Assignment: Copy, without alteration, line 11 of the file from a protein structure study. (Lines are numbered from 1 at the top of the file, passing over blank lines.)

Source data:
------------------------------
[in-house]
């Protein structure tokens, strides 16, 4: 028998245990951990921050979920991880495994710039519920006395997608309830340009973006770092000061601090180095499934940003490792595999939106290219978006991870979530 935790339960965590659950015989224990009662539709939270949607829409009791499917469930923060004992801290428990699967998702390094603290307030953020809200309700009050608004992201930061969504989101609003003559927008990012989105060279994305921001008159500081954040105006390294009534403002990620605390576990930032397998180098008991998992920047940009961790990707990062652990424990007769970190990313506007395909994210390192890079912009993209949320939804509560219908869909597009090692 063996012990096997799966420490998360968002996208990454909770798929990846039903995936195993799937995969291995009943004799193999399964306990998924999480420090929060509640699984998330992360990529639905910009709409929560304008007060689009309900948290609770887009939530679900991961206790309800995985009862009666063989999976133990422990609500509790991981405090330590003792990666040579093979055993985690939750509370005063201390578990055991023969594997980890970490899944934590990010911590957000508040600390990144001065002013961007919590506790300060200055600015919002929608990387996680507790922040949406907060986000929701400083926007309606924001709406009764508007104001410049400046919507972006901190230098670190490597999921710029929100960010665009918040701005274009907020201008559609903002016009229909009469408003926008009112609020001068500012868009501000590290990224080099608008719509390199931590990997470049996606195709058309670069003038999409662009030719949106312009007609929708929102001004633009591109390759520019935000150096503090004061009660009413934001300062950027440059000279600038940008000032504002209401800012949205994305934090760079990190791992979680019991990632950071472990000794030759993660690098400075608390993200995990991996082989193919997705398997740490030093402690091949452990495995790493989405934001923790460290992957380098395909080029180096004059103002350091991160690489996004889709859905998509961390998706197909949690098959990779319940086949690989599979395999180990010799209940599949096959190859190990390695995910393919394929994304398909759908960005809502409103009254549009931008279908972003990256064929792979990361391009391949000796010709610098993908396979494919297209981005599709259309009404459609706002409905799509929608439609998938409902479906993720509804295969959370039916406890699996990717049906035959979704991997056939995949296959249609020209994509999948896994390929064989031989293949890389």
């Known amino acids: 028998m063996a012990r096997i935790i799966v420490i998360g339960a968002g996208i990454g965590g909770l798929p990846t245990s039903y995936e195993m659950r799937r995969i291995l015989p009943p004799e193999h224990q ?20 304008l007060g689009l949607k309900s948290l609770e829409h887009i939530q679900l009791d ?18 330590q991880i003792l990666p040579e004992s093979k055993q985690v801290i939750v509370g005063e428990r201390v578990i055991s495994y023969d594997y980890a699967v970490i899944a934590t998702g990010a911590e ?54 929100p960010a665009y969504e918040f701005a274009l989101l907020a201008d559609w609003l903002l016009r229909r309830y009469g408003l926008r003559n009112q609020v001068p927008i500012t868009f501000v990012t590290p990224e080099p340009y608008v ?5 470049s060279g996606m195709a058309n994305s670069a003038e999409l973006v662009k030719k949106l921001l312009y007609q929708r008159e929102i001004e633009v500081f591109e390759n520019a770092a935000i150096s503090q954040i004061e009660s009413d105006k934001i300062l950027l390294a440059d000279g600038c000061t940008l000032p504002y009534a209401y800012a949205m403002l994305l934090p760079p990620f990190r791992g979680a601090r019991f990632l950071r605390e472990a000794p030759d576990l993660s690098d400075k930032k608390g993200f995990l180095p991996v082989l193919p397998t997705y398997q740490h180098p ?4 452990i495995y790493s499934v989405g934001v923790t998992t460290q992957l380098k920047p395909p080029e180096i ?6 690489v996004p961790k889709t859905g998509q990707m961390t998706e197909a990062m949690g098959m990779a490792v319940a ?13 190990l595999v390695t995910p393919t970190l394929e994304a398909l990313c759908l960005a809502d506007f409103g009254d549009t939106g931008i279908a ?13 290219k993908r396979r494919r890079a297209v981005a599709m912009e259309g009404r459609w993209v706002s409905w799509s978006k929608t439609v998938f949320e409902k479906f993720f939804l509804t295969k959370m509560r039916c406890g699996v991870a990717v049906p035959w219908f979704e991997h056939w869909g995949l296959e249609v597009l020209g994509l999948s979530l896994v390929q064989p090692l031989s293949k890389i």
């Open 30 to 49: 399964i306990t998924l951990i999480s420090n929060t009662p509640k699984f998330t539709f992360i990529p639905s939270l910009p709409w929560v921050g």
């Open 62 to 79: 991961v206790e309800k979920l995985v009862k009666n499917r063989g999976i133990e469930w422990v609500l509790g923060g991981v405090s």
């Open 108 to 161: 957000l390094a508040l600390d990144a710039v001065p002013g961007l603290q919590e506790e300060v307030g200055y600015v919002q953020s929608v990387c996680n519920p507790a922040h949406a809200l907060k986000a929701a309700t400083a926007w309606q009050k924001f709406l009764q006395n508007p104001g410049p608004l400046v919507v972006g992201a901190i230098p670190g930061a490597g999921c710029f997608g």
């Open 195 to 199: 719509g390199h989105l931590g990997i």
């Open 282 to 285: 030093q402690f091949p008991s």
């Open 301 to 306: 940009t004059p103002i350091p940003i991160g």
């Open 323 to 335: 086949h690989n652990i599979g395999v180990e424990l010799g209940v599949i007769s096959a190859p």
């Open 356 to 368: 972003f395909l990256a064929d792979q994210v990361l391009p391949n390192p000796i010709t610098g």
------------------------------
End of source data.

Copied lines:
């Open 356 to 368: 972003f395909l990256a064929d792979q994210v990361l391009p391949n390192p000796i010709t610098g």